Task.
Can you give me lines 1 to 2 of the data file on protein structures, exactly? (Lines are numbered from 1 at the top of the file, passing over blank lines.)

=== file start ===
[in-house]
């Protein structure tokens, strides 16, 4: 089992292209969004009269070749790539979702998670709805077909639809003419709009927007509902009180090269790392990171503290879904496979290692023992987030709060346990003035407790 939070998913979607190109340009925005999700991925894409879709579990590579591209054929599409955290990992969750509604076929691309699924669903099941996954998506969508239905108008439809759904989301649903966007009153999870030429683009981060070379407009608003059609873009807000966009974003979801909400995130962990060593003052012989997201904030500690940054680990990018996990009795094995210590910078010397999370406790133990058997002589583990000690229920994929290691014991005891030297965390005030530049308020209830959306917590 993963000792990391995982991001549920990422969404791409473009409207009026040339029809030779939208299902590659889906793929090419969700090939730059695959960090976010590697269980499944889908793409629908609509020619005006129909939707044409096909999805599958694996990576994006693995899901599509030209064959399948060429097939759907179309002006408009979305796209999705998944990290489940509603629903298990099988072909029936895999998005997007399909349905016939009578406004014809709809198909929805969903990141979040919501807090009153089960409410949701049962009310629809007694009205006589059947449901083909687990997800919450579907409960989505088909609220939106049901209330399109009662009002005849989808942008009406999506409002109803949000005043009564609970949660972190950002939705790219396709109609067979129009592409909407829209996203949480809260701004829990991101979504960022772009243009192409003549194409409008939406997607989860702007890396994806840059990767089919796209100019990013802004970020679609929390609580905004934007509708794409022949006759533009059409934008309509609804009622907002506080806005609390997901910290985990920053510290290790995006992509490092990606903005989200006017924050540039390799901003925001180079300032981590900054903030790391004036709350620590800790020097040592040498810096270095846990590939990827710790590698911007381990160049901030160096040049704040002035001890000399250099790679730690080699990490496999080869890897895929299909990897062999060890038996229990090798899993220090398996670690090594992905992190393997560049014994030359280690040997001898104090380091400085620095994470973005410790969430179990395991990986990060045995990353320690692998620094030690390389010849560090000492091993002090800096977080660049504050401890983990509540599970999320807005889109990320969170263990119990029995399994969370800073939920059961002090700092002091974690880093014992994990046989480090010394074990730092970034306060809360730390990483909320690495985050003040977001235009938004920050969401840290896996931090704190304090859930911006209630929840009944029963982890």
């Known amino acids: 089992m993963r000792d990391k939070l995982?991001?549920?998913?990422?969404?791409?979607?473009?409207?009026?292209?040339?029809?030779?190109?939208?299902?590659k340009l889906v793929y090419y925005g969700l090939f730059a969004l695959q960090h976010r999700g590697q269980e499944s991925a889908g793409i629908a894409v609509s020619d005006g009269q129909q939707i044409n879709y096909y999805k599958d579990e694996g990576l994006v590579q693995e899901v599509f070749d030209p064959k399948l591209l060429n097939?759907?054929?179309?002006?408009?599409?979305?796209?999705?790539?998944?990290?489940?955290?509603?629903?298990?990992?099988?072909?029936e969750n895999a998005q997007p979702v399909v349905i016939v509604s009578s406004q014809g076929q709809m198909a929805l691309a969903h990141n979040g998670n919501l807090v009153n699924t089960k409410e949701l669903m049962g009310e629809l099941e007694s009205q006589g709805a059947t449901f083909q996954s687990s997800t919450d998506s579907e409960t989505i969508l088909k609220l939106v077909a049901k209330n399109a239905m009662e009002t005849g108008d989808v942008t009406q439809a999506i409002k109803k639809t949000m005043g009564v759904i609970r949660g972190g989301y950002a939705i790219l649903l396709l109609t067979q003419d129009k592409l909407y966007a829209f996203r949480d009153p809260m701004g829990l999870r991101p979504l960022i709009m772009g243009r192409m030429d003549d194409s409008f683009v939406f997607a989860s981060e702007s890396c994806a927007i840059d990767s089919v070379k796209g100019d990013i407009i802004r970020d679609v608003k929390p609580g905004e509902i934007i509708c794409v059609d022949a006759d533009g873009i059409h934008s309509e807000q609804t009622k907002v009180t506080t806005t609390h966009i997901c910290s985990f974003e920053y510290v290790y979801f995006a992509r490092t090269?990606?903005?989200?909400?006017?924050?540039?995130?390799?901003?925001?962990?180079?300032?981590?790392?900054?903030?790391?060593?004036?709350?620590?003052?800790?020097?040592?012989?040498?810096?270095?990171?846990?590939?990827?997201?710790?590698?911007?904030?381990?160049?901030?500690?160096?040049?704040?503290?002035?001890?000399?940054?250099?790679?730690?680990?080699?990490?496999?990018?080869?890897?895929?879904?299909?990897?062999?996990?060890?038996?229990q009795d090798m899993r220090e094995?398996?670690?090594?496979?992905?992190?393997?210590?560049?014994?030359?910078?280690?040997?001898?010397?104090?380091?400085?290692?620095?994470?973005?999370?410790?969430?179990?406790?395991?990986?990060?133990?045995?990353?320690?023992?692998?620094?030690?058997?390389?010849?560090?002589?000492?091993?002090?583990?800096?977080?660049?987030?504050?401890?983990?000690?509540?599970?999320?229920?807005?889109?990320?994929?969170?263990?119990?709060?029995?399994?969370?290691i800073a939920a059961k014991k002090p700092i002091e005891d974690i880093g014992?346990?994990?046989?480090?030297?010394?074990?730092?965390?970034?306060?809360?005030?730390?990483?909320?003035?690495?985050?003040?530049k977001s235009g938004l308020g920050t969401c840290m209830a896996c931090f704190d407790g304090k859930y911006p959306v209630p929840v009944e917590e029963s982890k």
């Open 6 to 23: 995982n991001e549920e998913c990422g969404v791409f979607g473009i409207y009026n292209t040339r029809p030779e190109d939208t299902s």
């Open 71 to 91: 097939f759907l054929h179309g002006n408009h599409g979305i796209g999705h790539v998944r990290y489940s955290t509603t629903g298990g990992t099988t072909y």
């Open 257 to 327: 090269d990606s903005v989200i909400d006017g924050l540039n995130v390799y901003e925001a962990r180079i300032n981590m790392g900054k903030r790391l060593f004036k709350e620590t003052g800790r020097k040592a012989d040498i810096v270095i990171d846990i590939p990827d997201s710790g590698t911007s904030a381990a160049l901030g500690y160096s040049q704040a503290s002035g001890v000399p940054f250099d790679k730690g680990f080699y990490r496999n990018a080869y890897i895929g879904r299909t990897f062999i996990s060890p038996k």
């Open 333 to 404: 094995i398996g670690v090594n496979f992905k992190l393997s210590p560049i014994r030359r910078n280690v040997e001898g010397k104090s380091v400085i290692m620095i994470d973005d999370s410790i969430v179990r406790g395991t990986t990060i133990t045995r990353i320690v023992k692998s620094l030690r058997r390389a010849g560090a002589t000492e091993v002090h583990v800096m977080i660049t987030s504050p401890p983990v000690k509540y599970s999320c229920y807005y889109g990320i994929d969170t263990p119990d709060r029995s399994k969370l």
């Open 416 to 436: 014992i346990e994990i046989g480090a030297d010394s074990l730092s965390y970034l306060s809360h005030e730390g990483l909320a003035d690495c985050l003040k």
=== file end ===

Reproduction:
[in-house]
């Protein structure tokens, strides 16, 4: 089992292209969004009269070749790539979702998670709805077909639809003419709009927007509902009180090269790392990171503290879904496979290692023992987030709060346990003035407790 939070998913979607190109340009925005999700991925894409879709579990590579591209054929599409955290990992969750509604076929691309699924669903099941996954998506969508239905108008439809759904989301649903966007009153999870030429683009981060070379407009608003059609873009807000966009974003979801909400995130962990060593003052012989997201904030500690940054680990990018996990009795094995210590910078010397999370406790133990058997002589583990000690229920994929290691014991005891030297965390005030530049308020209830959306917590 993963000792990391995982991001549920990422969404791409473009409207009026040339029809030779939208299902590659889906793929090419969700090939730059695959960090976010590697269980499944889908793409629908609509020619005006129909939707044409096909999805599958694996990576994006693995899901599509030209064959399948060429097939759907179309002006408009979305796209999705998944990290489940509603629903298990099988072909029936895999998005997007399909349905016939009578406004014809709809198909929805969903990141979040919501807090009153089960409410949701049962009310629809007694009205006589059947449901083909687990997800919450579907409960989505088909609220939106049901209330399109009662009002005849989808942008009406999506409002109803949000005043009564609970949660972190950002939705790219396709109609067979129009592409909407829209996203949480809260701004829990991101979504960022772009243009192409003549194409409008939406997607989860702007890396994806840059990767089919796209100019990013802004970020679609929390609580905004934007509708794409022949006759533009059409934008309509609804009622907002506080806005609390997901910290985990920053510290290790995006992509490092990606903005989200006017924050540039390799901003925001180079300032981590900054903030790391004036709350620590800790020097040592040498810096270095846990590939990827710790590698911007381990160049901030160096040049704040002035001890000399250099790679730690080699990490496999080869890897895929299909990897062999060890038996229990090798899993220090398996670690090594992905992190393997560049014994030359280690040997001898104090380091400085620095994470973005410790969430179990395991990986990060045995990353320690692998620094030690390389010849560090000492091993002090800096977080660049504050401890983990509540599970999320807005889109990320969170263990119990029995399994969370800073939920059961002090700092002091974690880093014992994990046989480090010394074990730092970034306060809360730390990483909320690495985050003040977001235009938004920050969401840290896996931090704190304090859930911006209630929840009944029963982890």